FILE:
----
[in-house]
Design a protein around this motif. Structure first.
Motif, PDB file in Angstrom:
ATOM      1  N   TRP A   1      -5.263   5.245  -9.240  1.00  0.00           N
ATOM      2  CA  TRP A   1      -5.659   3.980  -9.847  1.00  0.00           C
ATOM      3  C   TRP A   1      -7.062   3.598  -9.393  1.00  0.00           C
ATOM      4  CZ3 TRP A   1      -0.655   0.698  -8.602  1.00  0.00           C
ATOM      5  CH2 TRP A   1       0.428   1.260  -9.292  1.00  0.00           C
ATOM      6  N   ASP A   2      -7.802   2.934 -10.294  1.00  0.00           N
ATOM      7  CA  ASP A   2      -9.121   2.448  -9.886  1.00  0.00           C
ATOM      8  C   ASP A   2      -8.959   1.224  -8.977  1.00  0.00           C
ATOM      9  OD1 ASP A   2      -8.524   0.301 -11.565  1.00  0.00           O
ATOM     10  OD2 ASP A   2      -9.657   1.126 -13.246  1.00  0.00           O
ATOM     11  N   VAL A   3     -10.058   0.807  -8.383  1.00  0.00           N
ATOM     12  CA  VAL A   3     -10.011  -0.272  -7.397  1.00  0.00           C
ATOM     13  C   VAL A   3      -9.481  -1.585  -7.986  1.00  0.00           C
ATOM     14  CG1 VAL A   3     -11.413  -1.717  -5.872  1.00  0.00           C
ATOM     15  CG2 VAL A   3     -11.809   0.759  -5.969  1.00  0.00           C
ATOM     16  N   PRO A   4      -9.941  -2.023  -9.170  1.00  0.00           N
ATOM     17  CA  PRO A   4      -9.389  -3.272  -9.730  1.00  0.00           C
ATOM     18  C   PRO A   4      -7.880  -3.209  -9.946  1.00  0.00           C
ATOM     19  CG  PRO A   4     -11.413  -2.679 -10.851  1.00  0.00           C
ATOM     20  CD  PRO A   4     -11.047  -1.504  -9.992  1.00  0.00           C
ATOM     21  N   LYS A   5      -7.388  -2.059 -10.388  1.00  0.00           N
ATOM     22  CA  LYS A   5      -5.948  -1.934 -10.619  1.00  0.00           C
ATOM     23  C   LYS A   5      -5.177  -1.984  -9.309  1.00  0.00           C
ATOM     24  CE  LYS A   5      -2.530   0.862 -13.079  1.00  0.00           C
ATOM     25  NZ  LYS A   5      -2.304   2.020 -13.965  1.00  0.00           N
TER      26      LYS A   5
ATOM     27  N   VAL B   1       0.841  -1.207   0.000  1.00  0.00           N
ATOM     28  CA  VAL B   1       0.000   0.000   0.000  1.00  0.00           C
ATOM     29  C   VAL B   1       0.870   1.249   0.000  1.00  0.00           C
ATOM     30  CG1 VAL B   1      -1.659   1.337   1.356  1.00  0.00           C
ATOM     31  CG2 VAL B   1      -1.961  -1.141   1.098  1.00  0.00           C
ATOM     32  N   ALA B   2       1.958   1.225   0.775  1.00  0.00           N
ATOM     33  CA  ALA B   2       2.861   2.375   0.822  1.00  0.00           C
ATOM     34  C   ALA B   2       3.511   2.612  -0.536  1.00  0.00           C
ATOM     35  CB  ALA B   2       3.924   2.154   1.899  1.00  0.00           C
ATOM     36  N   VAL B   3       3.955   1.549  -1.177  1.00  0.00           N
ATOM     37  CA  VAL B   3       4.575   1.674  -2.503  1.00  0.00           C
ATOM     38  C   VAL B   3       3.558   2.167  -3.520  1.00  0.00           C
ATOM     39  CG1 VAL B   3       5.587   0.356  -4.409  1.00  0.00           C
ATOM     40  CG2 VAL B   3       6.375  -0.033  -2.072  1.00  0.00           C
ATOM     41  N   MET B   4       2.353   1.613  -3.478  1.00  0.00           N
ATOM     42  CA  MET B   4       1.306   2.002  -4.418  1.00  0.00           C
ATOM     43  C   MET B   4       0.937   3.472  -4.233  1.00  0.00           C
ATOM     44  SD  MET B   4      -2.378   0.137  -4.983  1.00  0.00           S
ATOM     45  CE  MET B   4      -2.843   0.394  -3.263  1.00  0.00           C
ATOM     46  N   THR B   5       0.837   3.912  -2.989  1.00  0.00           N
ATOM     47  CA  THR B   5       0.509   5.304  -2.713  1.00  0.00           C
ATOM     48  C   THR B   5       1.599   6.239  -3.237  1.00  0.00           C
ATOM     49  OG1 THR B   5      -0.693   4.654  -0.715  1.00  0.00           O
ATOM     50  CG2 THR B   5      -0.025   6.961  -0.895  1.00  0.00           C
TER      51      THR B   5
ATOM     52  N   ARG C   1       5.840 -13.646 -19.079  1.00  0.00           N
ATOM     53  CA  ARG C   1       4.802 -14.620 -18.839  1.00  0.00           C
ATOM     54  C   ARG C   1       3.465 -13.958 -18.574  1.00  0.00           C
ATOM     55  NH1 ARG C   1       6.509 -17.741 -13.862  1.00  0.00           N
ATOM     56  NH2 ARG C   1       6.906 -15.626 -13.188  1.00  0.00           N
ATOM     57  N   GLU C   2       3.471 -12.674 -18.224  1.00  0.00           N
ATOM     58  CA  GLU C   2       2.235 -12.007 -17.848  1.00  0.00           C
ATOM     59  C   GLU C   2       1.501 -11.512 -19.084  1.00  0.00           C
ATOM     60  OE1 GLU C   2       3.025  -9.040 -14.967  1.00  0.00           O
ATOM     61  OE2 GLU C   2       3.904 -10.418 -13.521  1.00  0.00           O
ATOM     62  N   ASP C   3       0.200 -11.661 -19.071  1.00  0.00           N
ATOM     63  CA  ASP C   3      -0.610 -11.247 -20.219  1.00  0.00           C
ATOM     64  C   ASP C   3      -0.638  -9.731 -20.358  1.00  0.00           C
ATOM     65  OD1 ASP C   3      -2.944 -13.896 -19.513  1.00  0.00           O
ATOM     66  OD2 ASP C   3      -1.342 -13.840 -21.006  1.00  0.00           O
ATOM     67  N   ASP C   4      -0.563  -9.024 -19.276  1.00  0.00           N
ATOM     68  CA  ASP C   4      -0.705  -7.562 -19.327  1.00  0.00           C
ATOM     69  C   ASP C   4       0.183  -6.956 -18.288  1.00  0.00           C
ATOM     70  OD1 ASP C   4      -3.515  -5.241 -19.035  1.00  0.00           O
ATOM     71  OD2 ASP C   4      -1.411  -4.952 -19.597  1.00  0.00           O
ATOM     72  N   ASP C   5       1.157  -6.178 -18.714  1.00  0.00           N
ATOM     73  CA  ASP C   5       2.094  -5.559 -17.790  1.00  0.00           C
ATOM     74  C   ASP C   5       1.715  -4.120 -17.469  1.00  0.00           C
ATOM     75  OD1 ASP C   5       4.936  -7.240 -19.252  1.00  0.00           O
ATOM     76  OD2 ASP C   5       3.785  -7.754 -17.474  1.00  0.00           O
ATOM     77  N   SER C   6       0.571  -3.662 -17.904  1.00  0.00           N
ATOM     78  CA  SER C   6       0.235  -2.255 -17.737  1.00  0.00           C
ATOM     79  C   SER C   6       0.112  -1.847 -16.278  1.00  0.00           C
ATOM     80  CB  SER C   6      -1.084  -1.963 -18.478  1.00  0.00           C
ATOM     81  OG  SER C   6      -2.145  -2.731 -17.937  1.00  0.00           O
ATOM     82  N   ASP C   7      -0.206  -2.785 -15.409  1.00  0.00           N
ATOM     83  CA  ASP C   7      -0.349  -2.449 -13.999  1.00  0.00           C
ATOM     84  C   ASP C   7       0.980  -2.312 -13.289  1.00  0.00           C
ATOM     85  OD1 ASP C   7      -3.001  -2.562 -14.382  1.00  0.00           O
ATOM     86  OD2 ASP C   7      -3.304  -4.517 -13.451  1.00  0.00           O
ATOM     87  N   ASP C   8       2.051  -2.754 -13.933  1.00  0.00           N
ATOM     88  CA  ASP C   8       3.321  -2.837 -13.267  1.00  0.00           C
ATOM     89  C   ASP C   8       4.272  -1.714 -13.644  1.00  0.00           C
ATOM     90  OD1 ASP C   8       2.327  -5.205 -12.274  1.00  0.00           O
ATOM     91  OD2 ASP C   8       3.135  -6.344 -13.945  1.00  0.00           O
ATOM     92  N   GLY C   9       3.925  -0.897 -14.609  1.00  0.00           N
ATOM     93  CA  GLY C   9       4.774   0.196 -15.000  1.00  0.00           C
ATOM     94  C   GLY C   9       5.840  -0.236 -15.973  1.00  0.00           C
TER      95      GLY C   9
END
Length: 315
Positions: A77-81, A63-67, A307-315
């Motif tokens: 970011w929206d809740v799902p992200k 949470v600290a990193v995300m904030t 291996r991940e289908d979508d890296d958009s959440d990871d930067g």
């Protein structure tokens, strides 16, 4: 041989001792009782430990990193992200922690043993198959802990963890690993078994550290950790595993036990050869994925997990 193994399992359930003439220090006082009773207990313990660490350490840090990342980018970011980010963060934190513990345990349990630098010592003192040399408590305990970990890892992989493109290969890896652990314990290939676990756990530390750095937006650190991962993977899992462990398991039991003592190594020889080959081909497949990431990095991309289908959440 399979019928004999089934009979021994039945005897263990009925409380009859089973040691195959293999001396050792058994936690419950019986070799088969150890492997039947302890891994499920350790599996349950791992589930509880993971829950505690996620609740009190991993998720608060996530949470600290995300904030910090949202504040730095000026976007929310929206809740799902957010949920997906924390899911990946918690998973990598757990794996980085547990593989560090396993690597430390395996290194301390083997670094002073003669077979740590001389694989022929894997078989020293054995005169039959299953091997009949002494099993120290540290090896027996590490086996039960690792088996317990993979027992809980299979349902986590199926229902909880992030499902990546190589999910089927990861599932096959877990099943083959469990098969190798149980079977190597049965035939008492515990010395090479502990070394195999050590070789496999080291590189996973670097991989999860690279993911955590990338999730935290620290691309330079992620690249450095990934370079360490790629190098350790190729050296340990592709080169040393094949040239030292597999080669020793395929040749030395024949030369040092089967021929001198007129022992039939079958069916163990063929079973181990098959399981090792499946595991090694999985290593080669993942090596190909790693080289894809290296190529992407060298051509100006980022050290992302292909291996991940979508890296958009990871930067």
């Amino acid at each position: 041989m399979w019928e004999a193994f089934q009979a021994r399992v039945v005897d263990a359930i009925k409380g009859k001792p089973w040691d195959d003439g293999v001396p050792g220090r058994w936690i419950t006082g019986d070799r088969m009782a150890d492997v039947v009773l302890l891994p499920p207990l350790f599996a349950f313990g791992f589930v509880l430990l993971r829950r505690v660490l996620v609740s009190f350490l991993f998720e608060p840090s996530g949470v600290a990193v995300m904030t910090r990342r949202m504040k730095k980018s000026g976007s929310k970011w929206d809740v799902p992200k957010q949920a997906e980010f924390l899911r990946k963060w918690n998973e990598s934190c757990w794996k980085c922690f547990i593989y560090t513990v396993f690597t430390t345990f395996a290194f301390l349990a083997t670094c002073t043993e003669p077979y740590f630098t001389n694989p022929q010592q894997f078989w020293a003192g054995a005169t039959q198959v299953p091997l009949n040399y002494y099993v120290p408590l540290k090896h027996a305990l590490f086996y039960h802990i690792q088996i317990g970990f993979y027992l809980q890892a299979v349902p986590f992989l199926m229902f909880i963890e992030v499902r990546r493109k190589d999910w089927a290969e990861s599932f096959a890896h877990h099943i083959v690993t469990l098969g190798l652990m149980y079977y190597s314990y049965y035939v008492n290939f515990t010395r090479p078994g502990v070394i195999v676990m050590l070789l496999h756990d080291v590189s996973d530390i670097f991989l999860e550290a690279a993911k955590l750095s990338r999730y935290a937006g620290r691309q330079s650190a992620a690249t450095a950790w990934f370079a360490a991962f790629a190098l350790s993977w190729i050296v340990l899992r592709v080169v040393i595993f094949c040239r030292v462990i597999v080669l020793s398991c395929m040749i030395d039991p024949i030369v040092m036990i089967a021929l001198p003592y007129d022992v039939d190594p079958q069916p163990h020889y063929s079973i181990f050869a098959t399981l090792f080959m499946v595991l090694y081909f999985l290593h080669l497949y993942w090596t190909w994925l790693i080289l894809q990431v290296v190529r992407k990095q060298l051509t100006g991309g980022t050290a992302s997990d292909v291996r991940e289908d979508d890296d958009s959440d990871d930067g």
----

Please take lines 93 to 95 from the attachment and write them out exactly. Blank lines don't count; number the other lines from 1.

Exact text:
ATOM     90  OD1 ASP C   8       2.327  -5.205 -12.274  1.00  0.00           O
ATOM     91  OD2 ASP C   8       3.135  -6.344 -13.945  1.00  0.00           O
ATOM     92  N   GLY C   9       3.925  -0.897 -14.609  1.00  0.00           N